The panelists emphasized the challenges facing the implementation of the Triple Nexus, especially without the reinforcement of national systems. In addition, they focused on the importance of politics by assessing political incentives on the local and international level. Funds from donors are inadequate since all efforts concentrated on conflict management rather than conflict resolution. It was recommended to share information that creates synergies and understand the different operational systems in place. An example, inter alia, of the Iraqi initiatives and programs that target women leadership and empowerment was mentioned. With the lack of a clear political path that is linked to peace, acting from a nexus approach is fundamental.

Panelists discussed the peacebuilding pillar of the Triple Nexus and the way in which it should be thought of and implemented. They discussed how, in order to effectively implement the peacebuilding pillar, the root causes of instability and conflict need to be addressed in a bottom-up as well as top-down approach that involves local and national institutions. A focal point is the perception of individuals and communities that the situation will improve. It was emphasized that implementation actors should focus on the security of the individual, rather than focusing on the security of the state.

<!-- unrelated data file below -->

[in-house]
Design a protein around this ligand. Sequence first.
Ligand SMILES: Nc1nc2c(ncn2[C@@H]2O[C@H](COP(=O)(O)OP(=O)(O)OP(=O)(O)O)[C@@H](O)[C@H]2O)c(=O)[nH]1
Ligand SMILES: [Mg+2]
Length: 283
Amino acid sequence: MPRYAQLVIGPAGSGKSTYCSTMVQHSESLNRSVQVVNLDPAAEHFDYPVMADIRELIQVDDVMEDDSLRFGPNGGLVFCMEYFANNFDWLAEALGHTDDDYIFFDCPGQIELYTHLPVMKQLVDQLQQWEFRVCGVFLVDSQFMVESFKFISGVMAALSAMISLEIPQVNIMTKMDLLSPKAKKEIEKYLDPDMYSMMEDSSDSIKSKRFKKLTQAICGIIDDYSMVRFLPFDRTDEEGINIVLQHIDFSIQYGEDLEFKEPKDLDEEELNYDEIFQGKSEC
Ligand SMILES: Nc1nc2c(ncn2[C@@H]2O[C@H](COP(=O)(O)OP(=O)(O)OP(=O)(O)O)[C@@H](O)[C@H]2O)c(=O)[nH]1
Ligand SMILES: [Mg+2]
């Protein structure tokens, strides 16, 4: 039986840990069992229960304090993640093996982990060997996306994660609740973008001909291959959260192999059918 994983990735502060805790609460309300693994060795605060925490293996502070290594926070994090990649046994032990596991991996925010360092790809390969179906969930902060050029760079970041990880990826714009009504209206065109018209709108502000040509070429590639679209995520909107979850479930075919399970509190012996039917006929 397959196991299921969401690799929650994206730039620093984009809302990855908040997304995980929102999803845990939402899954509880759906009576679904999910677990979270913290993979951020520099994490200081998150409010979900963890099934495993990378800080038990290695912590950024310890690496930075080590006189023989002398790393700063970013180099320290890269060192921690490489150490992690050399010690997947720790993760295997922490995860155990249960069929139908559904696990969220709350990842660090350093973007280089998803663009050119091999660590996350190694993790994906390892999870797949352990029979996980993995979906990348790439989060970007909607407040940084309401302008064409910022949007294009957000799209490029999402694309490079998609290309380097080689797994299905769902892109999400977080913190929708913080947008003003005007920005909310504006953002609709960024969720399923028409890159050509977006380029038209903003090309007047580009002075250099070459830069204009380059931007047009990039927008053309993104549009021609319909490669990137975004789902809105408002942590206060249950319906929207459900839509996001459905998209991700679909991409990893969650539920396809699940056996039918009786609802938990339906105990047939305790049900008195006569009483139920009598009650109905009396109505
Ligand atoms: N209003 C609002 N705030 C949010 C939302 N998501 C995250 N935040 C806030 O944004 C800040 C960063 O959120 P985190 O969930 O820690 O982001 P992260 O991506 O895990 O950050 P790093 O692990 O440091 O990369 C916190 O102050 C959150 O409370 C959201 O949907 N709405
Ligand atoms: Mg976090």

This session focused on the need to recover public finances given the deterioration of public infrastructure in conflict-affected countries. The rising inflation, unemployment, poverty, security challenges, and scarcity of resources has increased the challenges and need for humanitarian aid. As a result, this affected the commitment of governance programs. Hence, a flexible funding mechanism should be considered. The panelists emphasized the need to strengthen institutions to manage and address humanitarian issues and respond to crises in a more resilient way. The Jordan Compact and the London Initiative were also presented to show the outcomes of programs that target inclusive growth. Donor member states and agencies shed light on their respective experiences is this field.